There's no doubt James Brown was a musical giant with a bigger-than-life personality.

But I couldn't help wondering throughout "Get on Up," director Tate Taylor's new big-screen tribute to the Godfather of Soul: Could Brown's story really be this big? And did his life really mirror the rags-to-riches, good times/bad times, mythic, almost heroically scripted stories told in so many triumphant biopics?

Maybe not. But it is a movie, after all. A really entertaining one in which, unlike some biopics, there is no time or breathing space to ponder what bigger points about fame or America the director might be trying to make. Your only real option with "Get on Up" is to absorb the story at face value and go with its nonstop energy. Only a statue could watch this film and not physically move.

Brown -- played in fantastically over-the-top fashion by "42" star Chadwick Boseman -- is rightfully depicted as a force of nature in "Get on Up." That's especially so in the live music scenes, which are some of the most compelling and exciting I've ever seen on the big screen.

Taylor and writers Steven Baigelman, Jez Butterworth and John-Henry Butterworth, try to detail what made James Brown the James Brown. The film shows Brown as a child in Depression-era rural Georgia, with abusive father Joe Brown (Lennie James) and conflicted mother Susie Brown (played powerfully by Viola Davis, despite some cliched moments). Eventually abandoned by both parents, young, stoic James is raised by his Aunt Honey (Octavia Spencer). The early story clearly means to lay out what makes the adult James Brown the driven, passionate, talking-in-the-third-person Hardest Working Man in Show Business. But the occasional cliches in this story put some of the details in doubt.


Advertisement

The film gets interesting once Boseman enters as a teenage Brown, whose petty crimes land him in prison. There, he meets Bobby Byrd (Nelsan Ellis), who becomes a longtime friend and stage partner. How Brown's sudden ascendance transforms their friendship and respective showbiz careers is easily the film's most interesting subplot. (A predictable reunion with his mother after Brown has made it big doesn't reveal much, other than that the increasingly dominating and demanding Godfather of Soul still has an emotional streak.)

Despite all the women and children and managers in his life, James Brown's best friend and No. 1 priority was James Brown, which, as the film contends (a bit too often, and with occasional oddly timed flashback imagery), was necessary for Brown to become a legend. (Dan Aykroyd plays manager Bert Bart, with whom Brown had a surprisingly good relationship.) Sometimes, the mythmaking pays off nicely, as when an unhinged, shotgun-toting but hilarious Brown chastizes a terrified woman for using his toilet and when, aboard a burning plane struck by enemy fire en route to entertaining troops in Vietnam, a smiling Brown tells the frightened pilot, "Settle down, Captain. You're with James Brown."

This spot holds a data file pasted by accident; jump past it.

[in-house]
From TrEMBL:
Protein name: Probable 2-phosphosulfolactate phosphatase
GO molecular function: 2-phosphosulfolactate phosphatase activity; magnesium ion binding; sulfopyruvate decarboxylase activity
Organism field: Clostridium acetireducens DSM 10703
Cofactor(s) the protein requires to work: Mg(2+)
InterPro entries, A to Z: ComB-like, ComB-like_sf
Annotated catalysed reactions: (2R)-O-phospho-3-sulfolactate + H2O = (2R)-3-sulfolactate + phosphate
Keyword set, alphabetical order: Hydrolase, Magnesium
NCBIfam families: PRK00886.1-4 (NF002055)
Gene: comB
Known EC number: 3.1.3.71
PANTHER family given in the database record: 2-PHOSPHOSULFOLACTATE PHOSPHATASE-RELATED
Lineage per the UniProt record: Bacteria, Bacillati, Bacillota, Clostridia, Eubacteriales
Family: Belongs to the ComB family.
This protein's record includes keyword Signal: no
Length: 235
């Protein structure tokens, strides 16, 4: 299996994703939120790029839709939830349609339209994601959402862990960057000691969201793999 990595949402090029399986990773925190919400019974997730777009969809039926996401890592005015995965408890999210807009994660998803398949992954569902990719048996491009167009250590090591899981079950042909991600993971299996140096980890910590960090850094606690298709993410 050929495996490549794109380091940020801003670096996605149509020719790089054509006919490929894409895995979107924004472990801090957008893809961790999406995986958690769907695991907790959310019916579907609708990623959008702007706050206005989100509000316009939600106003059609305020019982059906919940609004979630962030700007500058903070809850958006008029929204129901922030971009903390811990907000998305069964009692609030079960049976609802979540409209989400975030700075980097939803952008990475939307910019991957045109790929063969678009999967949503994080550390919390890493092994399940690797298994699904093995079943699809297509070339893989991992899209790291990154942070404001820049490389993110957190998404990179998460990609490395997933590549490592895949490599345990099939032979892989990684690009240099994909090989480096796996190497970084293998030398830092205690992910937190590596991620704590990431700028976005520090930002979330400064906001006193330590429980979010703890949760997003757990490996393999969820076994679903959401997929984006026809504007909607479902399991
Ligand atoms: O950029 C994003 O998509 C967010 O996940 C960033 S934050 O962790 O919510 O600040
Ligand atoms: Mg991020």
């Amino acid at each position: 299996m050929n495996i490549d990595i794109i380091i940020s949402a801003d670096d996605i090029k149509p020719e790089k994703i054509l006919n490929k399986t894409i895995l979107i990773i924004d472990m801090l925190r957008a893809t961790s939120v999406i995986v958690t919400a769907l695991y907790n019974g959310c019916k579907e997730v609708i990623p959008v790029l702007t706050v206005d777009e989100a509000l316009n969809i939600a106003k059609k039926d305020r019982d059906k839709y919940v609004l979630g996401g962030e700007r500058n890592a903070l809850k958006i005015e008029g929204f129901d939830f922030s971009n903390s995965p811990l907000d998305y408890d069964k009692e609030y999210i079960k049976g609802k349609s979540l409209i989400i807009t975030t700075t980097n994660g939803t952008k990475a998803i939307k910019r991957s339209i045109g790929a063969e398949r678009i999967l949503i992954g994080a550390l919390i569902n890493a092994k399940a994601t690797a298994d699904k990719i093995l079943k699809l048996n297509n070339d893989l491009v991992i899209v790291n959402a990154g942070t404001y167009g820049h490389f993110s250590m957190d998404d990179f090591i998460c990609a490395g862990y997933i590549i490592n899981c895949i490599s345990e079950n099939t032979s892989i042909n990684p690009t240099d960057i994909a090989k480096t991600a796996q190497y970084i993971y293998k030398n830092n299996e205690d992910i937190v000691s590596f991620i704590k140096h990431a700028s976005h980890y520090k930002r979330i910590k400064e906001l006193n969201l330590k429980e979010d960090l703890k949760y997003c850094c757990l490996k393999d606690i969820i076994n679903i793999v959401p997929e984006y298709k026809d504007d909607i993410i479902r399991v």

This image released by Universal Pictures shows Chadwick Boseman in a scene from "Get On Up." (AP Photo/Universal Pictures)
This image released by Universal Pictures shows Chadwick Boseman in a scene from "Get On Up." (AP Photo/Universal Pictures)

Whether all of this is historically accurate is debatable. What's not debatable is the power of Brown's music. The live scenes are so well-shot and edited that viewers will feel like they're sweating in the front row. This is a film demanding to be seen on the big screen to fully deliver the musical impact of a man who -- all apologies to Michael Jackson fans -- was likely the greatest frontman ever to grace a stage. I'm only old enough to have seen Brown play live in his 70s, but even then, he was something else.

Taylor deserves much of the credit for capturing the magic of Brown as entertainer, but just as much credit must go to Boseman, who not only re-creates Brown's explosive stage moves, but dominates every other scene he's in. Like the real deal, Boseman demands your absolute attention by the sheer force of his will, with plenty of charm and humor thrown in for good measure.

The movie ends in a burst of sentimentality, which isn't surprising, given its traditional biopic structure of a rise, a fall, and a rise again (though in Brown's case, it wasn't clear he fell very far). It's not terribly convincing, but sometimes disbelief has to be suspended for a good cause on the big screen. James Brown was a legend, and watching that legend resurrected so well is rewarding enough.

Contact Tony Hicks at Facebook.com/BayAreaNewsGroup.TonyHicks or Twitter.com/thicks67.

'Get on up'

* * *

Rating: PG-13 (sexual content, drug use, some strong language, violent situations)
Cast: Chadwick Boseman, Viola Davis, Octavia Spencer, Nelsan Ellis, Lennie James, Tika Sumpter, Jill Scott, Dan Aykroyd
Director: Tate Taylor
Running time: 2 hours,
18 minutes